This raises questions about ethics in British business....this is an absolute disgrace but evidently the house builders Board, corporate governance and compliance people thought this was acceptable...what planet are they on.  Does nobody have any morals anymore...

I expect we will hear about more about this scam in future as this all unravels

Taylor Wimpey was also the business who was offering cash incentives to buyers to move in before the house had properly been finished. No doubt the bonuses for senior management where linked to properties being handed over.

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11 hours ago, Wayward said:

An appalling scam...but it shows how poorly advised buyers are...lambs to the slaughter.  This could only happen in a sellers market.

This raises questions about ethics in British business....this is an absolute disgrace but evidently the house builders Board, corporate governance and compliance people thought this was acceptable...what planet are they on.  Does nobody have any morals anymore...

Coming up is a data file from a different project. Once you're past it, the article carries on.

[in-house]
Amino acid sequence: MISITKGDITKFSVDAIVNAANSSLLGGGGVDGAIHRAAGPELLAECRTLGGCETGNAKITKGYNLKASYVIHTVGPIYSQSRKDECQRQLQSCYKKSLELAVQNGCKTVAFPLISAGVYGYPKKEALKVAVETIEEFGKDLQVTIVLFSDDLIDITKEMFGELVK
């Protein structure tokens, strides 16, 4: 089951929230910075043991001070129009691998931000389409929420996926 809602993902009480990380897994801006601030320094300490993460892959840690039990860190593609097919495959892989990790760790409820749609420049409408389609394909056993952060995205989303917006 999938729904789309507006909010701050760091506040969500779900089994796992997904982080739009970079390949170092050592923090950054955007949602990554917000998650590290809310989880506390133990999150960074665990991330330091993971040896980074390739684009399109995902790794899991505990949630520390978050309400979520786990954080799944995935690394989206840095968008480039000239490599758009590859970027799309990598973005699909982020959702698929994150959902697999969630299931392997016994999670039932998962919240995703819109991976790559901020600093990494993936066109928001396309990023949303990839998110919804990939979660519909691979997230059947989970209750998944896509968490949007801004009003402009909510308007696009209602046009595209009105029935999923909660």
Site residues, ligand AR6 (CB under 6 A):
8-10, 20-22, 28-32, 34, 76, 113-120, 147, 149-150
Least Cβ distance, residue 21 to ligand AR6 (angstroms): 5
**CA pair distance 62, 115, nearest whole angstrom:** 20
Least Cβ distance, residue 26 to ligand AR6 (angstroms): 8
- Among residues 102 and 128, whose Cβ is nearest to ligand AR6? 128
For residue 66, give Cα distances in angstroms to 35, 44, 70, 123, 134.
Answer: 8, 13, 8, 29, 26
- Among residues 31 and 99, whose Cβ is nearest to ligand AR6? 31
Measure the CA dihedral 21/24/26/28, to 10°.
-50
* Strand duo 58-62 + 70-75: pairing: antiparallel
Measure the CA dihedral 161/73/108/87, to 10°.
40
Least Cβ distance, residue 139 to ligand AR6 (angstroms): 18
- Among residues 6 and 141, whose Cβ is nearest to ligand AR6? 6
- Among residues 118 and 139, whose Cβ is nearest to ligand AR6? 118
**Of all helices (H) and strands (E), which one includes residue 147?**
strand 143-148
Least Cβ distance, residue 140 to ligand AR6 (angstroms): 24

I expect we will hear about more about this scam in future as this all unravels

Good post...... then you wonder why people are becoming more cynical, when massive loss of trust in society and with business.....customers there to be taken advantage of being bled dry over time so might not notice and think it is normality...no scruples anymore, allowed to happen because high chance can get away with it......'cause nobody cares..... consequences of self regulation.;)

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2 hours ago, The Preacherman said:

Your boss had an amazing amount of integrity that is sorely missing in most cases. I write as someone who has just walked from a job after my boss told me I was 'not manipulative enough'.

You were right to walk away from that job. How can someone who values manipulating people then argue if one of their team then steals/defrauds? 

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15 minutes ago, Blod said: